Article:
Construction and roadworks are a part of the daily commute for many in urban and metro areas, but the constant works are causing some cafés to suffer.
Ricca Coffee in South Australia has been affected by ongoing roadworks along West Thebarton Road for more than two years now.
“The construction has limited access to parking and road space,” says Martyn Smith, Owner of Ricca Coffee.
Work completed along the road has included replacing water and gas pipes, power lines and National Broadband Network installation.
To complete some of this work, the streetscape had to be torn up to reach underground pipes and wires. The pavement outside Ricca Coffee has yet to be relayed.
“Our customers need to walk across unpaved footpath to get to us,” Martyn says.
Ricca Coffee is not the only café affected by limited parking. Fifteen Pounds in Fairfield, Victoria has found itself in a similar position.
“We’ve got two major constructions going up at the same time, a 20-apartment and an 80-apartment building, both six levels,” says John Kanellakos, Owner of Fifteen Pounds.
“The construction has limited the parking and the tradies have taken up the allocated spots. They have paid the council to use the nearby carpark that was originally for our patrons.
Customers have said it is just too hard to get here because they can’t find parking so they avoid coming to the area.”
Fifteen Pounds has experienced a 64 per cent customer drop from 2017 to 2018, something they attribute to the construction scaring off customers.
Some cafés have not been able to survive their battle with construction.
Vivo Café in New South Wales announced earlier this month that it will be closing its doors on 24 August after years of dealing with the George Street Light Rail works in Sydney.
“It started in October 2015 when George Street was shut down to traffic and the buses were removed,” says Angela Vithoulkas, Owner of Vivo Café and Councillor in the City of Sydney.
“We had a bus stop outside of our café so that took away hundreds of additional customers a day.
Once construction began, hoardings went up so you could no longer see the business unless you were standing right in front of it.”
Even basic operational needs have not been met.
“I couldn’t get my rubbish picked up or my deliveries done,” Angela says.
The construction has even affected security and safety around the café.
“We’ve been at this site for 16 years and for the first 12 and a half years we’d never had any security issues. Now with the hoardings, no traffic and no mitigating measures we’ve been broken into and vandalised on a regular basis.”
Something all three businesses agree upon is a lack of government support in regards to the construction.
Neither Ricca Coffee or Fifteen Pounds have received any remunerations for the impacts of the construction. Vivo Café and several other small businesses along George Street did not receive any government assistance until the end of 2017.
“Until then, [the government was] denying that there was a problem even though it had been going on for years,” Angela says.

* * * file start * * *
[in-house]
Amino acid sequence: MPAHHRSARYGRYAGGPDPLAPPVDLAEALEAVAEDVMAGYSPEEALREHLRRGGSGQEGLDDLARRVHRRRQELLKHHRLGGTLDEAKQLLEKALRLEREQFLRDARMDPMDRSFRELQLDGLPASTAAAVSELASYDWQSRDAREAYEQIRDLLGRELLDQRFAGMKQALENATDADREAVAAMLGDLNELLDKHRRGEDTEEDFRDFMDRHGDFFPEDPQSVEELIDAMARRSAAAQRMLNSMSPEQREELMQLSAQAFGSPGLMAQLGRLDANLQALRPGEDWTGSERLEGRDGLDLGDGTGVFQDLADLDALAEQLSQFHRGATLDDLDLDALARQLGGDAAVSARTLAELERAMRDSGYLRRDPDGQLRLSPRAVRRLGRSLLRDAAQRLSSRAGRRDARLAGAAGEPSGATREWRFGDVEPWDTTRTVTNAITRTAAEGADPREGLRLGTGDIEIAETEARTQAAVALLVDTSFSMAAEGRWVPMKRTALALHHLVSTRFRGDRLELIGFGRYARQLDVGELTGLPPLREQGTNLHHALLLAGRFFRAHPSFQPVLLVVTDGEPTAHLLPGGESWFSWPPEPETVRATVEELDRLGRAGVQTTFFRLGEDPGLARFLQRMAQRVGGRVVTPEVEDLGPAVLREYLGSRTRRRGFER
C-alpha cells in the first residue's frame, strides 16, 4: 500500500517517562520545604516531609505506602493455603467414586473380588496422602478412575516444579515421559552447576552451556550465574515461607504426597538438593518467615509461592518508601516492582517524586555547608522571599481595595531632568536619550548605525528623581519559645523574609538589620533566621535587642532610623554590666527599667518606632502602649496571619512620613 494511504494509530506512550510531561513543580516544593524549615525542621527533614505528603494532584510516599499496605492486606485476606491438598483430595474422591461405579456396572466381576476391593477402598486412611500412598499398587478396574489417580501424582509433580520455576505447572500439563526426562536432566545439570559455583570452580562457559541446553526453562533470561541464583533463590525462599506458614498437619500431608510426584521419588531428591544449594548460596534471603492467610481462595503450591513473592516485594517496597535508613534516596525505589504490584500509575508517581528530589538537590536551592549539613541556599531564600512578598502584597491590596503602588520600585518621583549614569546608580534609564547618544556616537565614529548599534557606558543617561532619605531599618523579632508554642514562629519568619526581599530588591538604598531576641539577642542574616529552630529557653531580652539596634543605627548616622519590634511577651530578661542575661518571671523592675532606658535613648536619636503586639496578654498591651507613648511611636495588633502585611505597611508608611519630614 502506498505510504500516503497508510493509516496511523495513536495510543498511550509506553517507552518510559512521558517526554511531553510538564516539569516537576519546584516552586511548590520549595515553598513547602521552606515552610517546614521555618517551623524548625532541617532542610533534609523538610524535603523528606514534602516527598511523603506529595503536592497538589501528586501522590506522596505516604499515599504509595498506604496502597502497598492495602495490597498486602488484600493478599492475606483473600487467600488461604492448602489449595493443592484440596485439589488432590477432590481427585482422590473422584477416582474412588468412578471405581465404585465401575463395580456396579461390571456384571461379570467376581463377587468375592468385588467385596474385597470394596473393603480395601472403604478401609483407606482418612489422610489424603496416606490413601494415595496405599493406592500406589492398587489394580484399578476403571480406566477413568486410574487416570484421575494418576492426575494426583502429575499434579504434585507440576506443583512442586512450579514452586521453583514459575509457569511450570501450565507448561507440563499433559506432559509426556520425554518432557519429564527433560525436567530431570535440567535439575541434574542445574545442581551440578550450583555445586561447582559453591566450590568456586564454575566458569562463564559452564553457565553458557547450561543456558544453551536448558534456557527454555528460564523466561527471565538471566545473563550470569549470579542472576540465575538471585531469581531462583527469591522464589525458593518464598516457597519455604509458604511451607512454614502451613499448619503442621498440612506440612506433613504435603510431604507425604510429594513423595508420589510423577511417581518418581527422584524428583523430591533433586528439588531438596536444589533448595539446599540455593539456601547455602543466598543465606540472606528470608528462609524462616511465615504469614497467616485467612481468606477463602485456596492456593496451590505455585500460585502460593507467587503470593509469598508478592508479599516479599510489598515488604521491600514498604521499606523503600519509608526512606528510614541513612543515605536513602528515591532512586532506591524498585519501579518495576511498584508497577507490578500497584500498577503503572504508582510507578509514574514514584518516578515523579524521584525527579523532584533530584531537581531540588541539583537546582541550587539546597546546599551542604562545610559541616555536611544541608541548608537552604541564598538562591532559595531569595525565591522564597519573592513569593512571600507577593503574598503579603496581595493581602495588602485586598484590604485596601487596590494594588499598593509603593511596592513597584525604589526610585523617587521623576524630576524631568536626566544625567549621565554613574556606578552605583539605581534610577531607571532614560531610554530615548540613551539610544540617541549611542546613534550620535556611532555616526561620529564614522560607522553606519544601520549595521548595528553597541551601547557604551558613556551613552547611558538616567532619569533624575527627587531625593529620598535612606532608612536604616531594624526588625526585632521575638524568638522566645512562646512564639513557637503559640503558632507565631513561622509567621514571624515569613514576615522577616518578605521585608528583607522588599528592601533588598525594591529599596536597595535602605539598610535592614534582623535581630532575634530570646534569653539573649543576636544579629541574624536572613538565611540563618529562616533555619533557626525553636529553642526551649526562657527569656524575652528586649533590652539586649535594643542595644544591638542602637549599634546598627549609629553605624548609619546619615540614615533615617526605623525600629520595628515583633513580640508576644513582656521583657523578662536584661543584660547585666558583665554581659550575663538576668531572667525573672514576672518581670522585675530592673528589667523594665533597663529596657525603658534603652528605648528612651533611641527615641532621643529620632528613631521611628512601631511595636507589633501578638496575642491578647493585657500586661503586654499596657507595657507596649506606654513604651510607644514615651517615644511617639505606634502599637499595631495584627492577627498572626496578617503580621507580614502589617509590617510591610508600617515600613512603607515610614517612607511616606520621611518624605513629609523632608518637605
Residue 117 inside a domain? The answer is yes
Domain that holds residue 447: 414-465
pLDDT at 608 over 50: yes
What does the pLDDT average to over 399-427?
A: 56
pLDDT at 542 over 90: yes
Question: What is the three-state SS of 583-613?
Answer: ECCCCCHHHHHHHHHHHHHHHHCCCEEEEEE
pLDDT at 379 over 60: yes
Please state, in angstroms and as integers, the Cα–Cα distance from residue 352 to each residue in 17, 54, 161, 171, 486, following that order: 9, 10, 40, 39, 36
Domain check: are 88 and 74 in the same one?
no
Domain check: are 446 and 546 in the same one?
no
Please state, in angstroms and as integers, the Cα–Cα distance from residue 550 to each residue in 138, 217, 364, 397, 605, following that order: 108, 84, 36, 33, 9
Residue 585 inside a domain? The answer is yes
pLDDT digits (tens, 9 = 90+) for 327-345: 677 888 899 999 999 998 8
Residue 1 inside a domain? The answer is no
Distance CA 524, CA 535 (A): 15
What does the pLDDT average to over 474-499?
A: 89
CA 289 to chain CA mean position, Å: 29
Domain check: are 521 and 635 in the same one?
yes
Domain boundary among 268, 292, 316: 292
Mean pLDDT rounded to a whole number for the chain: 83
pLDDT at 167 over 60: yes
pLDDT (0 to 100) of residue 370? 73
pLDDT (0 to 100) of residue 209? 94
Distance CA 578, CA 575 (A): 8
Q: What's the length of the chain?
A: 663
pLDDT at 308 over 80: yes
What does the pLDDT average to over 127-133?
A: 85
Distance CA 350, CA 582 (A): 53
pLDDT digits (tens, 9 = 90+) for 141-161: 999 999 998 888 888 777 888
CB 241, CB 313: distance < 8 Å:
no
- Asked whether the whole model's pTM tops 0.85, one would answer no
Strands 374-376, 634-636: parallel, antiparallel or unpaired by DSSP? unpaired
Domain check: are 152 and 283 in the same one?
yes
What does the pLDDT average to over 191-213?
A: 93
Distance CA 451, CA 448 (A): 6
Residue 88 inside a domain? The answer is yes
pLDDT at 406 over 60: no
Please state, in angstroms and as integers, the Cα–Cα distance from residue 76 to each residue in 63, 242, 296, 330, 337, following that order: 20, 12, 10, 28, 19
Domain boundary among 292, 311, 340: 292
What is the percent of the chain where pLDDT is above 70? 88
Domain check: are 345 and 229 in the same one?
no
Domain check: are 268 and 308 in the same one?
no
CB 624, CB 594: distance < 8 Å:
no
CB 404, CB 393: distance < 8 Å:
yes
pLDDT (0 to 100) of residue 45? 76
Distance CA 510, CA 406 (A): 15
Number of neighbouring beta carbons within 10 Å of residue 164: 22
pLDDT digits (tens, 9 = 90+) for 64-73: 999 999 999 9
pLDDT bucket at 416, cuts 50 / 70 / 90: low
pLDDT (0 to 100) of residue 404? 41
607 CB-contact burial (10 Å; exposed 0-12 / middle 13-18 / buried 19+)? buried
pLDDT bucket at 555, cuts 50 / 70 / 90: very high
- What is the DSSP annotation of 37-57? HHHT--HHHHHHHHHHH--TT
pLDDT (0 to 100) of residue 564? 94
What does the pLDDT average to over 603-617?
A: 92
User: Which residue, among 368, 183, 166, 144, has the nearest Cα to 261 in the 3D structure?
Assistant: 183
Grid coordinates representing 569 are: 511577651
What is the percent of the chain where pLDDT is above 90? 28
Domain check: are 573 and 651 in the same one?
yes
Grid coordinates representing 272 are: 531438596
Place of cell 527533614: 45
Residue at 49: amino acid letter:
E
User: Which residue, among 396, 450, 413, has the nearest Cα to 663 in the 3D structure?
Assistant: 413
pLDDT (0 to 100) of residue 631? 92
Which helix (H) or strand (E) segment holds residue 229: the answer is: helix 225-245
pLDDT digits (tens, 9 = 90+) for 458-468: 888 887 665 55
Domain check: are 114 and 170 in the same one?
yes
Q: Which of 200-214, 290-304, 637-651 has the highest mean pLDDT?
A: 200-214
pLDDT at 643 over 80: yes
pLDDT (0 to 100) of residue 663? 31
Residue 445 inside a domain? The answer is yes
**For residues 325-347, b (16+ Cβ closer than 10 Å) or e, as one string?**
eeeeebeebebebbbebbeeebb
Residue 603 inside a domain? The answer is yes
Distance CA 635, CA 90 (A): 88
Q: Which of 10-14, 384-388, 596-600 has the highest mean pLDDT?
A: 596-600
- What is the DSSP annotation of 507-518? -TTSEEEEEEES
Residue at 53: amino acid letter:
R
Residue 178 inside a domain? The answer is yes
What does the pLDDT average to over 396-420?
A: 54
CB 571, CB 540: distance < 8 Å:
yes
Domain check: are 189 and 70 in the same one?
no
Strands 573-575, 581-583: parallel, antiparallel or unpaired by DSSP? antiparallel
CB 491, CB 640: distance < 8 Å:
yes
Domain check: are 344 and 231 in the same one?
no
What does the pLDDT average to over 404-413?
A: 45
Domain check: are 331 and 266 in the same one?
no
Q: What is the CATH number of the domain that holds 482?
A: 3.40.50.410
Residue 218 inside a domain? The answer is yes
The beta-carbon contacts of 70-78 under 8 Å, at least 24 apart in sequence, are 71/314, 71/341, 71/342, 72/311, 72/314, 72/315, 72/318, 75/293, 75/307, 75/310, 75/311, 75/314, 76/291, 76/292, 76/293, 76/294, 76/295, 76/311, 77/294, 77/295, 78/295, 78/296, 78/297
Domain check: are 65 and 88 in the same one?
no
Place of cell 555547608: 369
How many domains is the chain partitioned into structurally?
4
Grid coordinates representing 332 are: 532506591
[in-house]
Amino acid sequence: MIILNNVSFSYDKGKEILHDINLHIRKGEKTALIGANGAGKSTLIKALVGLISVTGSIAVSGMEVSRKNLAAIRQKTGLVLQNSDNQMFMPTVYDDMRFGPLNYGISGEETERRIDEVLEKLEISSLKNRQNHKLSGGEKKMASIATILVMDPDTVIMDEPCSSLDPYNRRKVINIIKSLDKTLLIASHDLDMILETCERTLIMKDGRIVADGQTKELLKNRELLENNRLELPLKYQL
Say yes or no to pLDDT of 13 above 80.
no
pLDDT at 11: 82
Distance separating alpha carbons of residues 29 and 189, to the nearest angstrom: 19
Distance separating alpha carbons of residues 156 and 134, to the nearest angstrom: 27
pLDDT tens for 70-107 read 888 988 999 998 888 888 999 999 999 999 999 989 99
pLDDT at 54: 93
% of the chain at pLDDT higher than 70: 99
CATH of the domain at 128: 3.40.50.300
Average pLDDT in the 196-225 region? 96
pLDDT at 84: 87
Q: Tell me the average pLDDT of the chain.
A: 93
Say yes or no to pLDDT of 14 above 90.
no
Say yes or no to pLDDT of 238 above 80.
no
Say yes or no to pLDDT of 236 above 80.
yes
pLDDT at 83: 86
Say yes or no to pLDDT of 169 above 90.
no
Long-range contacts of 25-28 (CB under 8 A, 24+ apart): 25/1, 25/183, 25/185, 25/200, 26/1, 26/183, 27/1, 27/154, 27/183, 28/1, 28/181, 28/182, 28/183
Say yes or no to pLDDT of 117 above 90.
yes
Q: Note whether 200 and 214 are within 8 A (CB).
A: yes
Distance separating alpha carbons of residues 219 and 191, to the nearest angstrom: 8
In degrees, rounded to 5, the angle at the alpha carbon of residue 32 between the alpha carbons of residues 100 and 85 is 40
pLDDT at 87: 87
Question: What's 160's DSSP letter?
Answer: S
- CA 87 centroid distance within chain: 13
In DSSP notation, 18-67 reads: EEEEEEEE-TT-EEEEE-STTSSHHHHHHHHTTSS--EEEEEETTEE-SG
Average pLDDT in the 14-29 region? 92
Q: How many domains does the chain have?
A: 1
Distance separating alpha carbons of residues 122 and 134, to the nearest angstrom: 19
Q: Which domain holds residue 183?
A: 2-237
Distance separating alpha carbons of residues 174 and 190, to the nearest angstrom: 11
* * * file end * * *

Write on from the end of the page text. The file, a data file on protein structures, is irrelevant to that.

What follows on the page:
Fifteen Pounds has expressed frustration with poor communication over the construction.
“They are putting in new sewer lines so they are digging up the ground in front of us,” John says. “We received a notice telling us that job would be taking three weeks and they gave us four days notice.”
“That was meant to finish on the 8August. On the eighth, we received another letter saying it would be extended until the 15th. On the 17th, we received another letter saying it wouldn’t be done until the next week. This is what has been happening throughout this whole construction.”
As a result, Angela says customers have turned away.
“People don’t want to come here anymore because of the noise and dust,” she says.
“Why would you want to spend your breakfast, lunch or meeting time in an area where your food can get covered by dust or you can’t hear yourself think when you’re talking to someone?”
For every kind word of customer support, Martyn of Ricca Coffee points out there is someone you do not see again.
“People are pretty sympathetic, but it’s the ones who change their habits and stop coming that you don’t hear back from,” he says.
Angela has been campaigning for better representation of the needs and interests of small businesses in regards to construction works. She believes cafés and hospitality venues have been hit harder than retail or other industries.
“In particular, food and hospitality have been affected because we rely on our sites to bring us business. We’re location dependent. We’re not going to be able to sell online. We need people to come to us and enjoy their experience.”
Vivo Café will donate all sales from its last day of operation to Aussie Helpers, a charity supporting Australian farmers.
The team at Ricca Coffee have decided to try to weather the storm despite the adversity.
“You reach the point where you need to ask yourself ‘do I want to stay and bear it?’” Martyn says. “We say yes, but it is risky to think we’ll just be okay.
You realise that every customer needs to be valued because it is so easy for them to be turned away.”
Fifteen Pounds is not as optimistic, fearing the new construction could cause more problems down the line.
“They’re building cafés at the bottom of the buildings, so that’s just more competition for us,” John says.
The construction around Ricca Coffee and Fifteen Pounds is scheduled to be completed in early 2019.
Photo credit: Ricca Coffee